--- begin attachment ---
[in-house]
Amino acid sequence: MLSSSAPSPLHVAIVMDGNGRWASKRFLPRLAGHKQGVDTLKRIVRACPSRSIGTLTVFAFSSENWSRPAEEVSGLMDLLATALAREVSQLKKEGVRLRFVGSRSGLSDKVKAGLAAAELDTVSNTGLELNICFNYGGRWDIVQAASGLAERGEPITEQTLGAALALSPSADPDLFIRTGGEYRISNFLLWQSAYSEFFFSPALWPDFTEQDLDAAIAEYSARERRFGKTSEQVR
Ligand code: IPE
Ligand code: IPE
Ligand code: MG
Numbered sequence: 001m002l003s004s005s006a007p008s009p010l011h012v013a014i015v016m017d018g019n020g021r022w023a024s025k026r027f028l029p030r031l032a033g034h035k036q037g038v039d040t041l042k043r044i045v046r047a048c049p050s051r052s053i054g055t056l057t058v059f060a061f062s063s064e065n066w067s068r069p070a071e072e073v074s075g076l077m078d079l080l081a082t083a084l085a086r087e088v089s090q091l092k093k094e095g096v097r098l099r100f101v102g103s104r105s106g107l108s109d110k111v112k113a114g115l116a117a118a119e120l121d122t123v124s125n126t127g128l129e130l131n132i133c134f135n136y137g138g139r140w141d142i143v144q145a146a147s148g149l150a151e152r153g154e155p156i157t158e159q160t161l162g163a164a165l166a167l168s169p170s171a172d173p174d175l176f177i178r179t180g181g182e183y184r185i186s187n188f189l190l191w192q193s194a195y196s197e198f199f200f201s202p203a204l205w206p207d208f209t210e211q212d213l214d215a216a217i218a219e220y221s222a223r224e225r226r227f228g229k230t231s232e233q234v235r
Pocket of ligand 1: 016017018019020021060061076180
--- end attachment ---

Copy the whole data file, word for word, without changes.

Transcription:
[in-house]
Amino acid sequence: MLSSSAPSPLHVAIVMDGNGRWASKRFLPRLAGHKQGVDTLKRIVRACPSRSIGTLTVFAFSSENWSRPAEEVSGLMDLLATALAREVSQLKKEGVRLRFVGSRSGLSDKVKAGLAAAELDTVSNTGLELNICFNYGGRWDIVQAASGLAERGEPITEQTLGAALALSPSADPDLFIRTGGEYRISNFLLWQSAYSEFFFSPALWPDFTEQDLDAAIAEYSARERRFGKTSEQVR
Ligand code: IPE
Ligand code: IPE
Ligand code: MG
Numbered sequence: 001m002l003s004s005s006a007p008s009p010l011h012v013a014i015v016m017d018g019n020g021r022w023a024s025k026r027f028l029p030r031l032a033g034h035k036q037g038v039d040t041l042k043r044i045v046r047a048c049p050s051r052s053i054g055t056l057t058v059f060a061f062s063s064e065n066w067s068r069p070a071e072e073v074s075g076l077m078d079l080l081a082t083a084l085a086r087e088v089s090q091l092k093k094e095g096v097r098l099r100f101v102g103s104r105s106g107l108s109d110k111v112k113a114g115l116a117a118a119e120l121d122t123v124s125n126t127g128l129e130l131n132i133c134f135n136y137g138g139r140w141d142i143v144q145a146a147s148g149l150a151e152r153g154e155p156i157t158e159q160t161l162g163a164a165l166a167l168s169p170s171a172d173p174d175l176f177i178r179t180g181g182e183y184r185i186s187n188f189l190l191w192q193s194a195y196s197e198f199f200f201s202p203a204l205w206p207d208f209t210e211q212d213l214d215a216a217i218a219e220y221s222a223r224e225r226r227f228g229k230t231s232e233q234v235r
Pocket of ligand 1: 016017018019020021060061076180